Understanding variable rate demand notes

Variable Rate Demand Notes (VRDNs) are a critical asset class in the short term municipal market, representing approximately 76%1 of the securities that comprise municipal money market funds in the U.S. In this guide, we will explore VRDNs and how they can augment your liquidity portfolio.

VRDNs are floating rate municipal instruments usually with a long maturities, (commonly 20 or 30 years), and carry a coupon that resets periodically. VRDNs typically have either a one-or seven-day put option which allows investors to put the security back to a financial intermediary (otherwise known as a Tender Agent) at par2 with one-or seven-days’ notice, respectively. It is this put feature at par that helps these securities be considered liquid investments and therefore eligible for purchase by U.S. money market funds. For an indication of VRDN yield levels, market participants reference the Securities Industry and Financial Markets Association (SIFMA) index, which represents the average yield on a basket of seven-day put option VRDNs. The SIFMA Index resets every Wednesday at 4:00 p.m. Eastern Time.

To help ensure VRDNs can be put at par, these securities usually have an external credit enhancement or liquidity support provided by highly rated banks and financial institutions. The external credit enhancement is primarily through a Letter of Credit (LOC) that supports payment of principal and interest. The liquidity support is provided mainly via a Standby Purchase Agreement (SBPA), which allows the investor to put or sell the security back, thereby enhancing the liquidity of the security.

Municipal money market funds hold the clear majority of outstanding VRDNs; however, other investors such as corporations, bond funds, separately managed accounts, and individual investors may also hold these securities.

How VRDNs work

Often, as permitted by the VRDN, holders may put back their notes to the Tender Agent (often a bank trustee department) upon seven days written notice. 

Typically though, market participants called Remarketing Agents facilitate the put to the Tender Agent by taking back the VRDNs directly from holders. Rather than sending the VRDN to the Tender Agent, Remarketing Agents generally try to sell the VRDNs within a window period (typically seven days). If the VRDNs are successfully remarketed, the Tender Agent never has to take possession of them. On the other hand, if the VRDNs are not remarketed, the Tender Agent must then take the VRDN into their inventory, thereby facilitating the par payment to the original owner. In this case, the Tender Agent then draws on the LOC or SBPA to pay for the notes if the Remarketing Agent is not able to sell them (see illustration below).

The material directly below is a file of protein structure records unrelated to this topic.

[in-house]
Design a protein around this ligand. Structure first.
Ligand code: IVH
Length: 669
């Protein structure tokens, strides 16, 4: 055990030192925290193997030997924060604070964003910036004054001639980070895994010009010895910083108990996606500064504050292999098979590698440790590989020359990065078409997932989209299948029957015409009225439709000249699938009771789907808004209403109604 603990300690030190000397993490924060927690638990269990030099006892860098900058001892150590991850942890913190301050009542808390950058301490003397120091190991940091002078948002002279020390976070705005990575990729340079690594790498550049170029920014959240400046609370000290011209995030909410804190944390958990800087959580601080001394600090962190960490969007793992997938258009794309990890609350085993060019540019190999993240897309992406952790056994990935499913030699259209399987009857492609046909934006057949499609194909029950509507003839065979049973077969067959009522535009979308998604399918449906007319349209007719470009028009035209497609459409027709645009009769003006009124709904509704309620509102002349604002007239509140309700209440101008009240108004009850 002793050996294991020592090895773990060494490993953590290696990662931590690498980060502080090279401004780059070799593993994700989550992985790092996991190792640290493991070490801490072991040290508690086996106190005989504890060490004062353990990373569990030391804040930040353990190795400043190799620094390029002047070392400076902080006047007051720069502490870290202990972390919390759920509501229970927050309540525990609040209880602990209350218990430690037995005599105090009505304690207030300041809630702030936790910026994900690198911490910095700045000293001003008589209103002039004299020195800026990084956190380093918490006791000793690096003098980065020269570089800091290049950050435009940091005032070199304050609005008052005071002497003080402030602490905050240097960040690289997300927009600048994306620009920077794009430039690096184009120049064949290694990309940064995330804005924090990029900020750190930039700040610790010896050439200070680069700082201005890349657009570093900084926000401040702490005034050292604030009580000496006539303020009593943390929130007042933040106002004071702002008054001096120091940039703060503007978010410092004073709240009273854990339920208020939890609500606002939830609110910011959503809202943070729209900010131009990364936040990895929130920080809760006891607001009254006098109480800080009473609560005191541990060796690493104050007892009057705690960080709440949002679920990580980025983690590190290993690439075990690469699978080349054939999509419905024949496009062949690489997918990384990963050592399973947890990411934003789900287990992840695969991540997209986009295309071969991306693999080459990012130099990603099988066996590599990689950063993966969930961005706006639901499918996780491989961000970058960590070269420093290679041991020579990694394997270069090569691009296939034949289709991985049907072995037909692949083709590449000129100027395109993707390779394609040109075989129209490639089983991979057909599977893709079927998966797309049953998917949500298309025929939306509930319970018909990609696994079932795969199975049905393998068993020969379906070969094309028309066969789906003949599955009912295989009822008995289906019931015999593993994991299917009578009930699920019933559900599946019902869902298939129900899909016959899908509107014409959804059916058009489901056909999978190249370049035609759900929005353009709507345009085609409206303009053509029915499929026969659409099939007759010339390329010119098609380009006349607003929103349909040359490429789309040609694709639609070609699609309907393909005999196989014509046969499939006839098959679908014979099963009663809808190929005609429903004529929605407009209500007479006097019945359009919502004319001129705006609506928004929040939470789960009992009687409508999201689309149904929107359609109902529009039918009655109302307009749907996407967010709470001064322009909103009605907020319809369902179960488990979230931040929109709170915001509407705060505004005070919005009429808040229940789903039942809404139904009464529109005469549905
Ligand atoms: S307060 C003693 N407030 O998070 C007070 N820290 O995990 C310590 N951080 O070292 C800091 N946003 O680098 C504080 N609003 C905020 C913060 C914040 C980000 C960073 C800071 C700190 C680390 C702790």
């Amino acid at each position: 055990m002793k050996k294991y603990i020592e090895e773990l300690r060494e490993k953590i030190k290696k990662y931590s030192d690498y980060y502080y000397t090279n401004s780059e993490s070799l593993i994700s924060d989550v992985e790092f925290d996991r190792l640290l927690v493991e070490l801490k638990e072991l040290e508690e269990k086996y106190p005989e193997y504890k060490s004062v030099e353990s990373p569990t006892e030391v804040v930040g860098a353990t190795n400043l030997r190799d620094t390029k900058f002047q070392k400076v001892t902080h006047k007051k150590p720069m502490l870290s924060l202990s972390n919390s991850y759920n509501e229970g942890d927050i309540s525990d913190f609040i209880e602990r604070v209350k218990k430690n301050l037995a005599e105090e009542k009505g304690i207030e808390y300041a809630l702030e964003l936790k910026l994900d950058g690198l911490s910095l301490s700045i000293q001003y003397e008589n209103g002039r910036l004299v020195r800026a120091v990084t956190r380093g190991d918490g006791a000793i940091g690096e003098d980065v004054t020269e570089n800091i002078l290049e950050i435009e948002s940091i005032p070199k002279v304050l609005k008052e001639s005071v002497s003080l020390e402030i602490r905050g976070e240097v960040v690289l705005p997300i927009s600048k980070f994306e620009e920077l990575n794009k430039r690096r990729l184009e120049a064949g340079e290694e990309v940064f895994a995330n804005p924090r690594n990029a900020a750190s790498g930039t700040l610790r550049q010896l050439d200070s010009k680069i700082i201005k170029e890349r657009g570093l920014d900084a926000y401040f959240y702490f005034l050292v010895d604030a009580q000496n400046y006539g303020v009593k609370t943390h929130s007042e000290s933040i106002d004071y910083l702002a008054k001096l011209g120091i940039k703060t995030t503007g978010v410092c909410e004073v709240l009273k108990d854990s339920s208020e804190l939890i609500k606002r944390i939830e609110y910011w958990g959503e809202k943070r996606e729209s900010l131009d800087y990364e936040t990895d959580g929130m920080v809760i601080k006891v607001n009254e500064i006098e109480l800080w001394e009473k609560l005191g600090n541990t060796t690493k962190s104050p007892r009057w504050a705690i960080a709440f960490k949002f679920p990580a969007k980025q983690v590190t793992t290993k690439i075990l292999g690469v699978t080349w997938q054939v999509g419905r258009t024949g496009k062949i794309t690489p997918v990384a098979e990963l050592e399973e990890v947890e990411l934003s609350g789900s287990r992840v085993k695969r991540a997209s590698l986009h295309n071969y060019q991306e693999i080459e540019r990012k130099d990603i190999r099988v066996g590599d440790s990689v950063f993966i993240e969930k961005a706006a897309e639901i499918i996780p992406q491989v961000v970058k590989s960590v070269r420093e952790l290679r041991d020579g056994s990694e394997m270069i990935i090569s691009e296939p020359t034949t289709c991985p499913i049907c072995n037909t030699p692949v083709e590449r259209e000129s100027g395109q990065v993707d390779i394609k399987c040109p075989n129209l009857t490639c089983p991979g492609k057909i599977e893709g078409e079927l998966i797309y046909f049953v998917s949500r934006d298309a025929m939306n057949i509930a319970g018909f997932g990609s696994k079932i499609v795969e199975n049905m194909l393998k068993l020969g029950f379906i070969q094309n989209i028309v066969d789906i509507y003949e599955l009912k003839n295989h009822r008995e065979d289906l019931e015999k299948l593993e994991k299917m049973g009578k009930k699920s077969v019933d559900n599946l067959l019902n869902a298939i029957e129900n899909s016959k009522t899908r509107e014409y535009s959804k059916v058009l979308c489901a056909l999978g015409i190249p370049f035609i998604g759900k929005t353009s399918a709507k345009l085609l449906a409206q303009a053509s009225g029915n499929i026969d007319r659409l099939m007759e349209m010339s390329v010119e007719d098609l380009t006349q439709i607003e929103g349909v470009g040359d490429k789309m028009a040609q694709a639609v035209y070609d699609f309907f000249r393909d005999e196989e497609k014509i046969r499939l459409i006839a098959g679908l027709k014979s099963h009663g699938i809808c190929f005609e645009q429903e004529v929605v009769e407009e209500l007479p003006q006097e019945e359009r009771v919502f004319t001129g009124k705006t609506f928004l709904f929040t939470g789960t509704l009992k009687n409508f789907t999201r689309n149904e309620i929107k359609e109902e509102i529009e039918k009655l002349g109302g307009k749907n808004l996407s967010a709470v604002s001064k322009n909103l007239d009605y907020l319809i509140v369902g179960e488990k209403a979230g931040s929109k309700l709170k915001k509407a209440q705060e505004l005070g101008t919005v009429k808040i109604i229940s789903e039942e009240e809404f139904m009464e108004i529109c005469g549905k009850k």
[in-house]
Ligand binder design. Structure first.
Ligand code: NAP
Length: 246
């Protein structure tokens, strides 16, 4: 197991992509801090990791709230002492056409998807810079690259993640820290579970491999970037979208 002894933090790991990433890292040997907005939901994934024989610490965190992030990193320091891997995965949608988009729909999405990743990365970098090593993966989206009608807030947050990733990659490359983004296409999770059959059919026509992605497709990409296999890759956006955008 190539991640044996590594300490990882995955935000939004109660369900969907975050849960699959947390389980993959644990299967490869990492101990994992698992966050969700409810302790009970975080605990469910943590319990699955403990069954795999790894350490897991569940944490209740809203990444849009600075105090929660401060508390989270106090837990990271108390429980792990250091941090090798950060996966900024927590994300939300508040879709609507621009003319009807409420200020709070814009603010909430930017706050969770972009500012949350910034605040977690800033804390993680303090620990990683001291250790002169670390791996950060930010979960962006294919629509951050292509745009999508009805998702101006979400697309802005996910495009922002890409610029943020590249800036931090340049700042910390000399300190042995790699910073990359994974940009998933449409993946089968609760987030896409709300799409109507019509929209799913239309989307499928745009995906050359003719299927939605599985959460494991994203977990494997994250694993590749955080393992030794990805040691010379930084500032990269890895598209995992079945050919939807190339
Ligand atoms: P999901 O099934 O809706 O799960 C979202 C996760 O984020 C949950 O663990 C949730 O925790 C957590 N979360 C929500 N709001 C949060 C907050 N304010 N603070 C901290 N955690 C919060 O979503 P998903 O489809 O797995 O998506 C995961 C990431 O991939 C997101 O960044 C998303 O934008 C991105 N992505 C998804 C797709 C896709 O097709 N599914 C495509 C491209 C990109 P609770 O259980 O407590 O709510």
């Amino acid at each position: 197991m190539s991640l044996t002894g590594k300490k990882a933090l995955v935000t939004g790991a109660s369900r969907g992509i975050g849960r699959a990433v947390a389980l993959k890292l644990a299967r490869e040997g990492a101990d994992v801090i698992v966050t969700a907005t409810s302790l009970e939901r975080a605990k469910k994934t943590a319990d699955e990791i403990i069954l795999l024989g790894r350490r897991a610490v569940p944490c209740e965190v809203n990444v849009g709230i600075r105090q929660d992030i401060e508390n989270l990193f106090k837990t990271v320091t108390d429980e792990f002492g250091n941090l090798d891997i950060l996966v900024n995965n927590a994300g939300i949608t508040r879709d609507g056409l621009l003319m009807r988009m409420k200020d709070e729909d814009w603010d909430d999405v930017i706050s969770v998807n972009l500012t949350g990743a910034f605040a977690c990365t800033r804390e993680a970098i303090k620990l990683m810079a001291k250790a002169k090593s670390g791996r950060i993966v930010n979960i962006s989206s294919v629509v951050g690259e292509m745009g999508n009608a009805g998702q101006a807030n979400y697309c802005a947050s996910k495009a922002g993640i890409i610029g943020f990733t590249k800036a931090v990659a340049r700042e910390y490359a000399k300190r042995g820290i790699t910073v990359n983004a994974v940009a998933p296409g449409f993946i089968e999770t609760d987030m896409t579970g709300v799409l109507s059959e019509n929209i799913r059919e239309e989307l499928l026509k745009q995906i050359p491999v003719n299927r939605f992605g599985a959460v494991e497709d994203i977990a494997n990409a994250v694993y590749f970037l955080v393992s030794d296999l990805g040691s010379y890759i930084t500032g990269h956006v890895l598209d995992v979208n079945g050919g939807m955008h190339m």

Basics of a Variable Rate Demand Note (VRDN)


          Basics of a Variable Rate Demand Obligation (VRDN)


Source: BlackRock. For illustrative purposes only.

Detailing support features

  • LOC: A LOC is provided by a third-party bank or financial institution and offers full credit enhancement. If the VRDN has an irrevocable LOC, the primary source of credit and liquidity risk for the investor can be viewed as having substituted from the municipal issuer of the VRDN to the LOC provider, since the LOC provider will step in and pay par to the purchaser if the issuer cannot.
  • SBPA: An SBPA is a liquidity facility for a VRDN, but it is conditional, unlike an irrevocable LOC. Monitorable conditions under which an SBPA can typically be terminated may include:
    • Underlying obligor falls below investment grade
    • A default of the underlying obligor
    • A bankruptcy of the underlying obligor
    • Underlying bonds become taxable 

Some VRDNs will have neither a LOC nor an SBPA, leaving the municipality to guarantee principal and interest payments and provide for the par put.

VRDN credit review at BlackRock

At BlackRock, when we purchase VRDNs, we seek to select VRDNs that are supported by well-capitalized financial institutions that meet our credit standards. We purchase VRDNs with hard one or seven day put options, which can help increase the liquidity profile of our money market funds since they can be converted to cash within one or seven days, respectively.

In our view, the depth and strength of our credit team are critical in supporting our use of VRDNs, as we conduct our own ongoing due diligence rather than relying solely on the opinions of rating agencies.  Every VRDN on our credit approved list is vetted through our robust review process,which includes approval from our internal municipal analyst and the internal bank analyst that covers the bank providing the enhancement. And, before purchase, each VRDN must be approved by the BlackRock Cash Management Credit Committee. This three-tiered confirmation process helps BlackRock seek only the highest-quality VRDNs to purchase for our money market fund portfolios.